Ok, so there's a few things to understand here. The _true_ indicates if it succeeded in returning a value, and the value is what it returns from the loop, which we defined as our string to a table of 5. So we'll always get a timed out after one timeout and a value of 5.

		Finally, we become ```f2```, which was initialized with a timeout of 0. The object will never time out, so the coroutine will return a value of 5 every time we run the loop and call the function ```resume```.

			#Calling resume

			There are two ways to call resume. Either you can send any time you want, like with f in our excercise, or you can send no time. Using no time, like with f2, will call the resume with a value of 0, which is equal to no timeout. In the end, no timeout means the coroutine will resume everytime the script runs, but it'll return from the coroutine after all the loops run in the file to coroutine. So you'd get a loop of _a kind_, with two main loops! We'll keep our look simple, though.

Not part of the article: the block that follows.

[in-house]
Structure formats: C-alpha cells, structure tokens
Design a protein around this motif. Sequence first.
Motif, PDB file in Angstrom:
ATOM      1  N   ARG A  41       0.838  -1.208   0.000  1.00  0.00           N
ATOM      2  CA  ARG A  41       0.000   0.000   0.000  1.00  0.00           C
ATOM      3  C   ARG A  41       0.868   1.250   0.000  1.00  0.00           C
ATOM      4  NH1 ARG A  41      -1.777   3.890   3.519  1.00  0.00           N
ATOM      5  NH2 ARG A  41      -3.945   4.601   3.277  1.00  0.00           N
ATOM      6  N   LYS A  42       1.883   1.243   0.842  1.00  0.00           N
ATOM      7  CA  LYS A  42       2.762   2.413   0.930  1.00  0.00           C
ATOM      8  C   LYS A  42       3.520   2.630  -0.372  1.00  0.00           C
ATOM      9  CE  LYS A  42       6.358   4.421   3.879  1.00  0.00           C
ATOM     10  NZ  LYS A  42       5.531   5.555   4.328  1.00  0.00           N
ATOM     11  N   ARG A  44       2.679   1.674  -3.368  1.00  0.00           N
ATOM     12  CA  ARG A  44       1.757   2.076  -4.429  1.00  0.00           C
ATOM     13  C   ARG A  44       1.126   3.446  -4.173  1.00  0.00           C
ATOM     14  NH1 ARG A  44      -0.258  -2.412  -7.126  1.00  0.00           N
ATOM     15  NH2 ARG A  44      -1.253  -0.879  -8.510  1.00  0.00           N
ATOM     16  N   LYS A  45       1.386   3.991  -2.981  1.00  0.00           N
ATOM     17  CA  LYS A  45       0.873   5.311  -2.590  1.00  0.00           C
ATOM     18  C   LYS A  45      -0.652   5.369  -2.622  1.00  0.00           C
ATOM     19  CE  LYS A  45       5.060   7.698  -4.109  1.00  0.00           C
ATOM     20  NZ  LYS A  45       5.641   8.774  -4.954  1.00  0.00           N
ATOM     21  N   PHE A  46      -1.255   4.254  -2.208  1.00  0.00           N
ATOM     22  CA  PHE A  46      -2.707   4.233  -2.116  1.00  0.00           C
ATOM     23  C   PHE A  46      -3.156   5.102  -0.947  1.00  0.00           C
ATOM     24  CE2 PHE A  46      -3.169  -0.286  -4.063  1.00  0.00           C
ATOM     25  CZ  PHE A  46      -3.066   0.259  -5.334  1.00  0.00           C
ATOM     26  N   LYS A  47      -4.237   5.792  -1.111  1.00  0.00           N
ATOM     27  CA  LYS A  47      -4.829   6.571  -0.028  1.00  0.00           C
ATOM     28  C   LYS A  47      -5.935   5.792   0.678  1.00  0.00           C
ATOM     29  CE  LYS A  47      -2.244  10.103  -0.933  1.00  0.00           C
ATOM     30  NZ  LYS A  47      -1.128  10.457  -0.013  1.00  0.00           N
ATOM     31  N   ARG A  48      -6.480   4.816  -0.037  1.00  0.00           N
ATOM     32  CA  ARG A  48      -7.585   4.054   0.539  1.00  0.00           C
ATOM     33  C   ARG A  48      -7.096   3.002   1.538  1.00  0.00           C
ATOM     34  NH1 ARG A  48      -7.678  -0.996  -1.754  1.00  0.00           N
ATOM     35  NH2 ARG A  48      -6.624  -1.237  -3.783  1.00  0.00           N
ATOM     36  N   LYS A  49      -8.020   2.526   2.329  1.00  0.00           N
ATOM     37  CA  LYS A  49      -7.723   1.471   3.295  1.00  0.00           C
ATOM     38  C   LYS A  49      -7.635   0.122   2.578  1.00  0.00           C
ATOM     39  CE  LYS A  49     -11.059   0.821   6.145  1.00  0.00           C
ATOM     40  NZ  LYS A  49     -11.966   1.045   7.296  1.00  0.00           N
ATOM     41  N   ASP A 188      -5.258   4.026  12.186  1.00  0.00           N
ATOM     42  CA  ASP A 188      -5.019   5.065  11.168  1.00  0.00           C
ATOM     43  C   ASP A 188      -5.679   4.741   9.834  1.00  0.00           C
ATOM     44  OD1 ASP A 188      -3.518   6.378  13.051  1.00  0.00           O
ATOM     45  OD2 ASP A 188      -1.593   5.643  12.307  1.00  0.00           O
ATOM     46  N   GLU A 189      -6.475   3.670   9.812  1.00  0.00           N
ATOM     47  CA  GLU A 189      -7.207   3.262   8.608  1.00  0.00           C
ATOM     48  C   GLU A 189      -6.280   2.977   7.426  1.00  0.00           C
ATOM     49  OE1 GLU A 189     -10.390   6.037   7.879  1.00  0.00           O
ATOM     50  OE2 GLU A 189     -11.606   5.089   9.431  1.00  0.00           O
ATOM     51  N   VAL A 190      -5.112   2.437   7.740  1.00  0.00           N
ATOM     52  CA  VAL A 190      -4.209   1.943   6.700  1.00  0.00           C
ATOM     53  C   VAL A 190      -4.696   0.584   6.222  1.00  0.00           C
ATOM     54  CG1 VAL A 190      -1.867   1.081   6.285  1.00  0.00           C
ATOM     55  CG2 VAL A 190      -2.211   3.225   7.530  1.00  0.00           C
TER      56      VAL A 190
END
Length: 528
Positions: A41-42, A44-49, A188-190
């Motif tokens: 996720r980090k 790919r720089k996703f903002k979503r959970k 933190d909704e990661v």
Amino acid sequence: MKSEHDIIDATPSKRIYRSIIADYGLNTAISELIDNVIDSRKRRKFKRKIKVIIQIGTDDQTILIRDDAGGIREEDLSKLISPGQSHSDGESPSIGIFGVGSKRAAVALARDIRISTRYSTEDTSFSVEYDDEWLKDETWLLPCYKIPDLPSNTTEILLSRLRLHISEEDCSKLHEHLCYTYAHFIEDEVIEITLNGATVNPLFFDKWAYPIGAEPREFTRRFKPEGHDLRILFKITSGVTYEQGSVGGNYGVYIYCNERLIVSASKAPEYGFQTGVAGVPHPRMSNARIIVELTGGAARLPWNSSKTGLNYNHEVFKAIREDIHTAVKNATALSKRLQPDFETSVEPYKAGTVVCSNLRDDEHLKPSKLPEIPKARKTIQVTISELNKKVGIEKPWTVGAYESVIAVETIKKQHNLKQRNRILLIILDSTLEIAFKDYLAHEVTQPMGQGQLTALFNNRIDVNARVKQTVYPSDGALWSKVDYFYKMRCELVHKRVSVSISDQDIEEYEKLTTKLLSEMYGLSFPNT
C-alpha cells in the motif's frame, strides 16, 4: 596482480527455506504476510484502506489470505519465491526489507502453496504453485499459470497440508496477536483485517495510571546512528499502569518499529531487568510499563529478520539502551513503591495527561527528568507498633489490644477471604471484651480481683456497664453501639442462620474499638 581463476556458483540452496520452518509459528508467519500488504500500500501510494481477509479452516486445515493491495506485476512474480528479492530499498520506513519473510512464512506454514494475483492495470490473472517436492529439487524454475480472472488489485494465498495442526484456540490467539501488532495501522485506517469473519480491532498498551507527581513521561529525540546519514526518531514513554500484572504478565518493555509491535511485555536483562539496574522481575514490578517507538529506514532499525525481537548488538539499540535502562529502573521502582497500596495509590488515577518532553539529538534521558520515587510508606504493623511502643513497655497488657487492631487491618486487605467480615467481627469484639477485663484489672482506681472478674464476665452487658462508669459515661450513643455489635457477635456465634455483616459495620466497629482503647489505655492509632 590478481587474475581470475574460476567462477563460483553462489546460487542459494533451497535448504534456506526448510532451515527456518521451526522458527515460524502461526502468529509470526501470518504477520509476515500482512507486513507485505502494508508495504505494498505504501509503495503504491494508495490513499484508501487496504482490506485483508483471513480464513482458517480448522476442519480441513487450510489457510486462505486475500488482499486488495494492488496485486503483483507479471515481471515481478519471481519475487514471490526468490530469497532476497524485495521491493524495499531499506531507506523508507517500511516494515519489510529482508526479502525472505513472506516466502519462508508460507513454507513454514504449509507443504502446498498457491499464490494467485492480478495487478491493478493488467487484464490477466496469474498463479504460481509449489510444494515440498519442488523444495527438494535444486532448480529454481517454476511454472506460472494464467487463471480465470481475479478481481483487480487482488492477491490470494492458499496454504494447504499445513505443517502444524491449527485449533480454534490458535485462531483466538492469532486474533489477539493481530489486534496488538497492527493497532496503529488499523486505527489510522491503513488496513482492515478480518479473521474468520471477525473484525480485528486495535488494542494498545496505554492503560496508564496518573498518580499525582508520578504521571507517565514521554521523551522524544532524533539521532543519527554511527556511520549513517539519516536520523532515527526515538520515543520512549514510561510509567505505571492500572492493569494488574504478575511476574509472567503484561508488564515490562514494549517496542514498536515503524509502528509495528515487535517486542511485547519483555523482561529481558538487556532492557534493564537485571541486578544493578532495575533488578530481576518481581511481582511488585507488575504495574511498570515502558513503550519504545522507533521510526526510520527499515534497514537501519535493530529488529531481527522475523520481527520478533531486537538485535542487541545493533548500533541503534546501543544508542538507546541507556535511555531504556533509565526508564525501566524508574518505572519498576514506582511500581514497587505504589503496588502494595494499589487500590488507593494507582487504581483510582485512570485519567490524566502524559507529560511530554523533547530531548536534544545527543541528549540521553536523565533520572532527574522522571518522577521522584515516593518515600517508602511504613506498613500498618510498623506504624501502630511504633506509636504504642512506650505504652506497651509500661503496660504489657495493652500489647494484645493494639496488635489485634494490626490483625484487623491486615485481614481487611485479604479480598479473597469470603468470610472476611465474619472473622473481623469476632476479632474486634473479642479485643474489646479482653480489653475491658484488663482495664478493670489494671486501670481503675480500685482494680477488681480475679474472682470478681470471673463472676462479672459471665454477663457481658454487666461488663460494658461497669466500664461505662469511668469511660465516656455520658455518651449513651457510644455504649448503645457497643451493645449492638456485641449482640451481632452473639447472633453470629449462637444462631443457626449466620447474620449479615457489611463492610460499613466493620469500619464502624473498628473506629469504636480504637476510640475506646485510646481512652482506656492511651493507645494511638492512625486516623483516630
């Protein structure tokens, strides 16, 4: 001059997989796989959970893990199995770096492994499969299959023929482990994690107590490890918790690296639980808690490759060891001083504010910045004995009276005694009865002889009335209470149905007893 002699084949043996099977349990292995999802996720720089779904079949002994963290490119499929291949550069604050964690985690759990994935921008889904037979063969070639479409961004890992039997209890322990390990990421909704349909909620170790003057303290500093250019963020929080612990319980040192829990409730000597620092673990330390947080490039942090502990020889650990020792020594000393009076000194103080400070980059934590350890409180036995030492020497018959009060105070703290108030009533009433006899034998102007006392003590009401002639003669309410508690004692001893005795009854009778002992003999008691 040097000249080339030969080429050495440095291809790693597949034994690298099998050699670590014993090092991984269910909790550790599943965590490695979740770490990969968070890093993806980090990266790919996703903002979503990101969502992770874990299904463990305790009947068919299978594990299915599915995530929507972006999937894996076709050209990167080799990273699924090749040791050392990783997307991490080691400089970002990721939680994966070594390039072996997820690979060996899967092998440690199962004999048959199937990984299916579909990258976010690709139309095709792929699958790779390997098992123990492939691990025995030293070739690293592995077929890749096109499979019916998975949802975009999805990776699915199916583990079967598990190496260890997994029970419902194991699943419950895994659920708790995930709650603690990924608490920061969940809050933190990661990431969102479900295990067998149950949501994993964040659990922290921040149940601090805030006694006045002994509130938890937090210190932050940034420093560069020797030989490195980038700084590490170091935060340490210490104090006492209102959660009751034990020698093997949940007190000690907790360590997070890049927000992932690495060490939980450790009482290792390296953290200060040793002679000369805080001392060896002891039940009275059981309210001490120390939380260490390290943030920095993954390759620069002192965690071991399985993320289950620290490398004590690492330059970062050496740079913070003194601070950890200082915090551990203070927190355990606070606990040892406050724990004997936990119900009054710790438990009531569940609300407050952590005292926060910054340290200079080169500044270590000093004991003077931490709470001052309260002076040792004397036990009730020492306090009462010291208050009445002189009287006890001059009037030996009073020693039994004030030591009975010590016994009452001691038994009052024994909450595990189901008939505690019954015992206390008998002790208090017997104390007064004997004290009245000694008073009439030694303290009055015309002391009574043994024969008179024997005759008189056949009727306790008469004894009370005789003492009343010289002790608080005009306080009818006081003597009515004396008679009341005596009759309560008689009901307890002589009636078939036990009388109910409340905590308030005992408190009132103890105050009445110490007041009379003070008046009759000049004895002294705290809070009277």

#Getting values

	So far, all we've done is check whether we received a value or not. But what if we wanted to assign the value to a variable? We'd have to get it somehow. If you remember your algebra, you can assign the returned values to three variables. So, you'd do something like ```true, 5 = cr.resume(coroutine)```, and lua would understand that you want the first value in the list to true, so it also knows to assign the rest of the values to ```5```.

	And that's how you work with coroutines. They might seem like magic, but there's nothing special about them.

Entension

Coroutine is a powerful tool that can be used to write complex procedures in Lua. In this tutorial, we will explore how coroutine can be used to write complex procedures. We will also provide coded examples to illustrate how coroutine can be used.